This Lovable Cowboy Selling Ramen Is the Ad Star 2020 Needed

Ramen Hero debuts its first spots from branding studio Iyashi

Made in America ... the Japanese way. Ramen Hero
Headshot of T.L. Stanley

This is not a spaghetti Western, it’s a “noodle Western,” starring one famished cowboy straight off the open range after a day filled with ropin’, ridin’ and rustlin’.

And what he wants for dinner is … ramen?

Welcome to the first long-form ad for San Francisco-based startup Ramen Hero, which promises “the best ramen west of the Mitsuishi” and features a rancher who’s stereotypical in nearly every way (Stetson, spurs, chaps and a charming Southern drawl).

The cheeky spot, from branding studio Iyashi, might be the first introduction that many consumers have to Ramen Hero. But the direct-to-consumer brand, launched via Kickstarter in 2018 by CEO-founder Hiro Hasegawa, has buyers all over the country for its meal kits and has seen a 350% leap in its business year to date compared to 2019, execs say.

For its first major advertising campaign, which will air across digital and social media, Ramen Hero dusts off a whole mess of Western cliches—expansive horizons, soaring eagles, post-horseback saunter, impressive facial hair. (You can’t spell American without ramen, which “tastes like freedom,” says the ad).

“We wanted to use the classic trope of a cowboy and give it a Japanese twist to reinforce the brand’s mission to make authentic, honkaku Japanese ramen accessible to every noodle-loving American,” said Takashi Kusui, founder of agency Iyashi. “Really, it’s a statement about our inclusive culture and what it means to be American.”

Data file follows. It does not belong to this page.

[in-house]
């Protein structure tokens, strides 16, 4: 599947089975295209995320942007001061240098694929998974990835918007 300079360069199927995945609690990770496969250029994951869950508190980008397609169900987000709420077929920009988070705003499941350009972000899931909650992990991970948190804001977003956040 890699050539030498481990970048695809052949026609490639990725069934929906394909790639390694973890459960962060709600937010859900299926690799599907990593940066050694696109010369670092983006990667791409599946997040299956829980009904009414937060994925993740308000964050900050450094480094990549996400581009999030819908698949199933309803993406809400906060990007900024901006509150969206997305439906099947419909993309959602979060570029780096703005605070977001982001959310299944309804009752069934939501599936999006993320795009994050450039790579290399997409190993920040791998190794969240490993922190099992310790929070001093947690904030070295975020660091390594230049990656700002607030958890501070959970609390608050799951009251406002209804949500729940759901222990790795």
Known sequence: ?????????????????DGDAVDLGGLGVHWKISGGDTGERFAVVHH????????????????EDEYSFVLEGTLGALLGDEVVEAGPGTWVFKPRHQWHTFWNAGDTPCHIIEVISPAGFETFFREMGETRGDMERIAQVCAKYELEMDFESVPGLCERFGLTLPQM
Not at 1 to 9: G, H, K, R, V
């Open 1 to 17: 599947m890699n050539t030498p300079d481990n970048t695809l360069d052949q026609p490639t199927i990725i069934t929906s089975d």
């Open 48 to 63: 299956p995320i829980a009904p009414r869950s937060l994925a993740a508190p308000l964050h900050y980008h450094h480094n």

It’s also a much-needed respite from the seriousness of the COVID-19 crisis and some of the pandemic-specific creative that’s been produced under quarantine. The short film, shot in Petaluma, Calif., before lockdowns, feels epic in scope, though it’s delivered with a wink (literally). And by the way, that aforementioned mustache is comically fake.

“American Made: The Japanese Way” aims to lodge a new term into the foodie lexicon to go along with umami and wagyu. Honkaku is kind of like the Japanese version of Nike’s “Just Do It,” Kusui says, “Even though it sounds like something a confused rooster might say.”

In fact, it’s a catch-all phrase that translates roughly to precision and attention to detail.

“If someone calls you ‘honkaku,’ take it as a compliment,” he says. “It means you’re the real deal.”

Though it’s a young challenger brand, Ramen Hero is technically relaunching with this campaign. There are three pitch-perfect vignettes to go with the 60-second spot, a new logo and Instagram-bait photography, plus the brand’s first mascot, described as “Mt. Fuji come to life and ready to party.”

Two new vegan flavors join a lineup from chef Hideki Kunimura that includes Matchamaker (infused with green tea), The Misosaurus, Magic Mushroom and Crying Samurai.

The work means to highlight “Japan and America’s rich history of creatively blending cultures,” Kusui says, “particularly when it comes to food.”

@TLStanleyLA T.L. Stanley is a senior editor at Adweek, where she specializes in consumer trends, cannabis marketing, meat alternatives, pop culture, challenger brands and creativity.